Pressure is an interesting concept.  One that really gave They Thought They Were Free an edge above other historical books.  Pressure has much effect on Freedom, but that is a topic to return to in a post later this week.  For now, let us stick with Freedom.

Pg 277 – They Thought They Were Free
National Socialism did not make men unfree; unfreedom make men National Socialists

Our choices shape who we are and through that shape our environment.  Obviously, our environment also affects our choices.  So it is a bit circular and can develop into a mean circle that decrease us to less and less freedom or lifts us up with more and more freedom.  The above quote makes a great point that it isn’t National Socialism (run by a few moronic psychopaths) who are then able to convert everyone else into little Socialists, but that reduced freedom causes people to restrict their choices until they no longer feel restricted.  Their first choice would have been A, but since they aren’t free they chose B.  Now, they willingly choose B over A.  Unfreedom molds us just as much as freedom does.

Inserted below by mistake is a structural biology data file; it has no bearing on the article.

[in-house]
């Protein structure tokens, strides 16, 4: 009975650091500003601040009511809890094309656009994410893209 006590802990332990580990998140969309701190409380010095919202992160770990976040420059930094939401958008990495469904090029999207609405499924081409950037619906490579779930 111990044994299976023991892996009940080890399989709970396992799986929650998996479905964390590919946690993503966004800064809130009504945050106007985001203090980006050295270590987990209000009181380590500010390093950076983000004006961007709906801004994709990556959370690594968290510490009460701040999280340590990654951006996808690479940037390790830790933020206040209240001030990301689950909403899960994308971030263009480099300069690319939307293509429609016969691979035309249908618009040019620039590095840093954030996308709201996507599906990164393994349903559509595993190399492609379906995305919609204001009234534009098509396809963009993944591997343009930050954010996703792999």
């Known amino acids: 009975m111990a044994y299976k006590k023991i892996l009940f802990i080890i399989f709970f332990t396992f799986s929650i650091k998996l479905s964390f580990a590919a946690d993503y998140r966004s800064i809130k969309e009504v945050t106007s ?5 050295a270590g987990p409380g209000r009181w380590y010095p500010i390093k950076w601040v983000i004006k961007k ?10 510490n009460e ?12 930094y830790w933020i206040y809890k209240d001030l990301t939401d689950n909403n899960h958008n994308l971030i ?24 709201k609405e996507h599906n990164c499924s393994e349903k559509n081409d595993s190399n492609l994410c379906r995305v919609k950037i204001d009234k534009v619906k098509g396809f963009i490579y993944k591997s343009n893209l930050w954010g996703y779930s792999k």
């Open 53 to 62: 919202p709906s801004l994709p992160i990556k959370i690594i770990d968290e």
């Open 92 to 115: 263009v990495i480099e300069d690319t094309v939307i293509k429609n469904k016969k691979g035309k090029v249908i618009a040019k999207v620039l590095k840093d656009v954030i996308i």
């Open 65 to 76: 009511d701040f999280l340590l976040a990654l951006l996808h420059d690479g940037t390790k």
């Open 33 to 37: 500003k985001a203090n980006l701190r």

I could have freed a thousand more, if only they knew they were slaves.” – Harriet Tubman

That is why Ideals are so important, if we aren’t grounded in Christ, freedom and common sense we will be “weak” and “swayed by every breath of wind.” (Luke 7:24)  We are seeing this now in the current USA as people become more and more pliable to Socialistic or Fascist ideas.  We are feeling the pressure and being molded by it and becoming unreasonable mean.

Pg 277 – They Thought They Were Free
The ultimate factor in choosing is common sense, and it is common sense that men under pressure lose fastest, cut off as they are (in besieged “Peoria”) from the common condition.  The harder they are pressed, the harder they reason; the harder they must reason.  But they tend to become unreasonable men; for reasonableness is reason in the world, and “Peoria” is out of this world.